KWS Convenes to Save Grey Crowned Crane from Extinction

Kenya, as a signatory state of the Agreement on the Conservation of African-Eurasian Migratory Waterbirds (AEWA), has been alarmed by the threats of extinction faced by the Grey Crowned Crane (Balearica regulorum). Notably, Kenya is endowed with 1,100 bird species, gracing its diverse and breathtaking landscapes, offering a true paradise for avian enthusiasts.

AEWA is an intergovernmental treaty bringing together countries and the wider international conservation community with a dedication to the conservation of migratory waterbirds and their habitats across Africa, Europe, the Middle East, Central Asia, Greenland, and the Canadian Archipelago.

National stakeholders, in collaboration with Kenya Wildlife Service (KWS), have convened in Naivasha at the Wildlife Research & Training Institute (WRTI) for a National Stakeholders Validation Workshop on The Single Species Action Plan for the Conservation of the Grey Crowned Crane (Balearica regulorum). These discussions in the workshop are critical in defining and refining strategies to ensure the safeguarding of the iconic Grey Crowned Crane and their threatened habitats.

Grey Crowned Crane
Grey Crowned Crane source online

Some bird species that ecologically depend on wetlands for their annual cycle include many species of divers, grebes, pelicans, cormorants, herons, storks, rails, ibises, spoonbills, flamingos, ducks, swans, geese, cranes, waders, gulls, terns, tropic birds, auks, frigate birds, and even the South African penguin.

Mr. Lekishon Kenana, Kenya Wildlife Service (KWS) Deputy Director in charge of Conservation Science, commended the pivotal role played by KWS in leading and coordinating all partners to drive Kenya’s conservation agenda, emphasizing the importance of collective action.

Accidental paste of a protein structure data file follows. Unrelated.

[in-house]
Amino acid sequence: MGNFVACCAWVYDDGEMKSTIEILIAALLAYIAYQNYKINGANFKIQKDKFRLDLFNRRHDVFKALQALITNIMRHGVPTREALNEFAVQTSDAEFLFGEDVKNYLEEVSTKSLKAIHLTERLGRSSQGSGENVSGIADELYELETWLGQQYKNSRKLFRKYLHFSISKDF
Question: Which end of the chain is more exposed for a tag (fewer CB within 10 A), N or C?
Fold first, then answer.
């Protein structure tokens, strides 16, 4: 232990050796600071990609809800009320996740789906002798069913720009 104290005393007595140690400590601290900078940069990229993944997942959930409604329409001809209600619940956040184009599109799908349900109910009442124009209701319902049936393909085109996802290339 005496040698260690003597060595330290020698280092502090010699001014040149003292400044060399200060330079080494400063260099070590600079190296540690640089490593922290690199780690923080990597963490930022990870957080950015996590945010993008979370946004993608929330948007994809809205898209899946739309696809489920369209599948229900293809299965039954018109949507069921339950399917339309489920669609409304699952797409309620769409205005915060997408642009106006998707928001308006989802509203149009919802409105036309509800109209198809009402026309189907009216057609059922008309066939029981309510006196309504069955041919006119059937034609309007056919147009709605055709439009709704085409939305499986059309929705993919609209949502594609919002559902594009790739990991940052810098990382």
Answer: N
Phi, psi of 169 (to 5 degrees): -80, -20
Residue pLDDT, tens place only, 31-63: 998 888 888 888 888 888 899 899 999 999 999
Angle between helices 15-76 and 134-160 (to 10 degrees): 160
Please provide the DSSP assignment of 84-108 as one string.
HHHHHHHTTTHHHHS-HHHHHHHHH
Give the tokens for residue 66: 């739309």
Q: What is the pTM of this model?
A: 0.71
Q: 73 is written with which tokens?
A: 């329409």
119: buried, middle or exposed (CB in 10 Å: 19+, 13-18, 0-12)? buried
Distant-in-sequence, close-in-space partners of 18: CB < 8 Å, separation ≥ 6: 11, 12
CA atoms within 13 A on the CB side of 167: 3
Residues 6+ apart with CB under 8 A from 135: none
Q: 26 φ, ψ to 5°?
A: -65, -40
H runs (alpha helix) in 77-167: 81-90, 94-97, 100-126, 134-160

These discussions are instrumental considering the continued power of partnerships for unified efforts to protect Kenya’s rich biodiversity. Kenya Wildlife Service has clearly shown that through strengthened partnerships and holistic approaches, there is a promise of a sustainable future not only for the Grey Crowned Crane but also for other threatened species.

It is important that we foster further collaboration for the development and successful implementation of Conservation and Recovery Action Plans for the Grey Crowned Crane, as well as other threatened wildlife species in the country,” said Mr. Lekishon.

The development of the Single Species Action Plan on the Conservation of the Grey Crowned Crane is aligned with the requirements of the Wildlife Conservation and Management Act, 2013, and the Agreement on the Conservation of African-Eurasian Migratory Waterbirds (AEWA), to which Kenya is a signatory state.

Grey Crowned Crane
Diverse national stakeholders engaged in the convention at Naivasha

Partnerships for the workshop involve the National Museums of Kenya, NEMA, County Governments hosting populations of Grey Crowned Cranes, International Crane Foundation/Endangered Wildlife Trust/Community Action Network for Conservation Partnership, Nature Kenya, Laikipia Wildlife Forum, Wildlife Research & Training Institute, Kenya Airports Authority, East African Wildlife Society, Wildlife Clubs of Kenya, Community groups including Friends of Kinangop Plateau, among others, exemplifying this joint commitment.

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